2016-2017 Lecture Series



One hundred years after the Russian Revolution and fifty years after the start of the Cultural Revolution, we aim to reassess the impact of revolutions – both classical and contemporary. We hope to examine not just political revolutions but also the social, economic, scientific and cultural revolutions that have shaped and are continuing to reshape our lives. 


The Future of the Labour Party


Date: Tuesday 4 October 2016
Time: 6.30-8pm
Venue: Sheikh Zayed Theatre, New Academic Building
Speakers:  Andy Beckett, Professor Matthew Goodwin, Faiza Shaheen
Chair: Dr Robin Archer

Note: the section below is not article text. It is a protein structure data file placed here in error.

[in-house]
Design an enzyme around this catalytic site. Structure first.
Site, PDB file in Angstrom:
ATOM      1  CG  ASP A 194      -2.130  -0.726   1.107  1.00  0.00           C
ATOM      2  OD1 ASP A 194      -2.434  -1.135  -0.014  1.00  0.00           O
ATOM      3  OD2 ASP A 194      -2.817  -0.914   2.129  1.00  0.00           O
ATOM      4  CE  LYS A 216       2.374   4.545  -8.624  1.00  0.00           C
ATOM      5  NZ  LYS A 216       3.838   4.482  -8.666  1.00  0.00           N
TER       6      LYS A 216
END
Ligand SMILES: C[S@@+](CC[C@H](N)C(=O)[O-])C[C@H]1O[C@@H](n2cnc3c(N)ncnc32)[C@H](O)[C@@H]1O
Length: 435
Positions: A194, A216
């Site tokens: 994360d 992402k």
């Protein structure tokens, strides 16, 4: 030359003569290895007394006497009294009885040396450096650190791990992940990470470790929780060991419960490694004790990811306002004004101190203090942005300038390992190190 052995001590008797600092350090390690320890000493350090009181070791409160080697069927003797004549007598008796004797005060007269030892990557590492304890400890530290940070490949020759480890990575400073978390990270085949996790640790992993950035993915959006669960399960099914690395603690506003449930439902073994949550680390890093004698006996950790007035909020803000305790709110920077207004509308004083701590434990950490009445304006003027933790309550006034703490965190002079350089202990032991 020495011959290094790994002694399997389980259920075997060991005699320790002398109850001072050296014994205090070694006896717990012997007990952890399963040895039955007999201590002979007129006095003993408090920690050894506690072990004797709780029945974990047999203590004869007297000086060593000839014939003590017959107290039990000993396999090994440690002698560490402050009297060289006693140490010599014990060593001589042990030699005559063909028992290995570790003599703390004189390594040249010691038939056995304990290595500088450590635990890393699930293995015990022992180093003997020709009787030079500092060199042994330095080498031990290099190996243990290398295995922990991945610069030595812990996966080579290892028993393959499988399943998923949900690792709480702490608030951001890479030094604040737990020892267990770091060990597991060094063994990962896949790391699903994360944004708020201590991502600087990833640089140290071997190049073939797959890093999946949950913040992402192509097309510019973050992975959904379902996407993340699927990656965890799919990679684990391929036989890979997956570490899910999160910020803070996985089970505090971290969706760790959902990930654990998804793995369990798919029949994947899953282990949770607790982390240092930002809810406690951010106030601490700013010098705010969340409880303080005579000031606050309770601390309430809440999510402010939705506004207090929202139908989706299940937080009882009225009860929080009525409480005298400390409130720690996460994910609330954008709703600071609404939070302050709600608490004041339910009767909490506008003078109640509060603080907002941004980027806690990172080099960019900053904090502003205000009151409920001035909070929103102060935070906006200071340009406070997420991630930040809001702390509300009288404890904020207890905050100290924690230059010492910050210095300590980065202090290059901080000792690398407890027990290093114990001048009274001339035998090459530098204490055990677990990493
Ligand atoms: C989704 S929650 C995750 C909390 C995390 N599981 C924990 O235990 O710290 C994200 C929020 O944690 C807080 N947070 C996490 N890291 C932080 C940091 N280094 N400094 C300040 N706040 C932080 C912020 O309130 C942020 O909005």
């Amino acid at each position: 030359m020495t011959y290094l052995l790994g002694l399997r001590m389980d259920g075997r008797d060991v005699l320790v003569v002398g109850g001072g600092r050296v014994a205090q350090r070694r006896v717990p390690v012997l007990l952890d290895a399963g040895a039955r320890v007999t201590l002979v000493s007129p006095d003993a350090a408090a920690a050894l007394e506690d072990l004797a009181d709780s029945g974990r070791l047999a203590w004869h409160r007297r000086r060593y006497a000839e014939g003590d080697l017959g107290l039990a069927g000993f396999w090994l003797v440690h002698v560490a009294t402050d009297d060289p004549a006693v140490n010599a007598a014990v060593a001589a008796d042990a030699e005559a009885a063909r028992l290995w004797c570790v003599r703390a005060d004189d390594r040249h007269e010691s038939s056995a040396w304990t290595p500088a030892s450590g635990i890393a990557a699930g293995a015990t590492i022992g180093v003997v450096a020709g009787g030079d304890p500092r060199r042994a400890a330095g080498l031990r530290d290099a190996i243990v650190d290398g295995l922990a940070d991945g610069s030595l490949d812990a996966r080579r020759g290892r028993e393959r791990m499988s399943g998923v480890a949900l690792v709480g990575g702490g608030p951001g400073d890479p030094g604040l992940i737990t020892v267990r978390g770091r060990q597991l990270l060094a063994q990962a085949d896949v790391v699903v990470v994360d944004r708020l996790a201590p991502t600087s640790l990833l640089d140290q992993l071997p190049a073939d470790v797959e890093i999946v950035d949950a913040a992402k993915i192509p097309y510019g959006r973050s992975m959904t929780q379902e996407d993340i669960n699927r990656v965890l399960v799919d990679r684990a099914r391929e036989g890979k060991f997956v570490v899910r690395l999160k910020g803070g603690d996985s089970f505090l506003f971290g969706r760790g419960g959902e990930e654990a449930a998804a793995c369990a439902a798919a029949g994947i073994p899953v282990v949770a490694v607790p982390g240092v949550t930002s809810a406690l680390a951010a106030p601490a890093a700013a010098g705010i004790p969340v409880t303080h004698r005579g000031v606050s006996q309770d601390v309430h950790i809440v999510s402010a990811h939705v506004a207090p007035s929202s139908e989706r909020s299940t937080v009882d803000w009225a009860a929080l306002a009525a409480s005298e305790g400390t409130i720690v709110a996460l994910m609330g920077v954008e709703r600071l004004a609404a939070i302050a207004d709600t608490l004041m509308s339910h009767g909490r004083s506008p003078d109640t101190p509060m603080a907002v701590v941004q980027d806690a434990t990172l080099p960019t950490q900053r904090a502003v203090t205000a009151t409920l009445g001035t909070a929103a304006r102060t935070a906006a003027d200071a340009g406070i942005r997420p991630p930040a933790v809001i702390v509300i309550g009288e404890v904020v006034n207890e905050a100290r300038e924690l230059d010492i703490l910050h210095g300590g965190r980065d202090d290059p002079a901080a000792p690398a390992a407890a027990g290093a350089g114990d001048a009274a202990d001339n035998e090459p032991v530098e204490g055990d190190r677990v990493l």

After a summer dominated by a bruising leadership contest, what is the future for the Labour party in Brexit Britain? Can it recover from the turmoil that followed the referendum result, or is it doomed to split? A panel of leading political historians and social scientists will place the turmoil in historical context, consider the threats to Labour’s electoral support exposed by the Brexit referendum, and examine the relationship between party members and MPs.

Andy Beckett is a Guardian writer and historian.

Matthew Goodwin (@GoodwinMJ) is Professor of  Politics at the University of Kent and Senior Visiting Fellow at Chatham House.

Faiza Shaheen (@faizashaheen) is Director of the Centre for Labour and Social Studies.


Karl Marx: greatness and illusion

Date: Thursday 10 November 2016
Time:   6.30-8pm
Venue: Old Theatre, Old Building
Speaker: Professor   Gareth Stedman Jones
Chair: Dr Robin Archer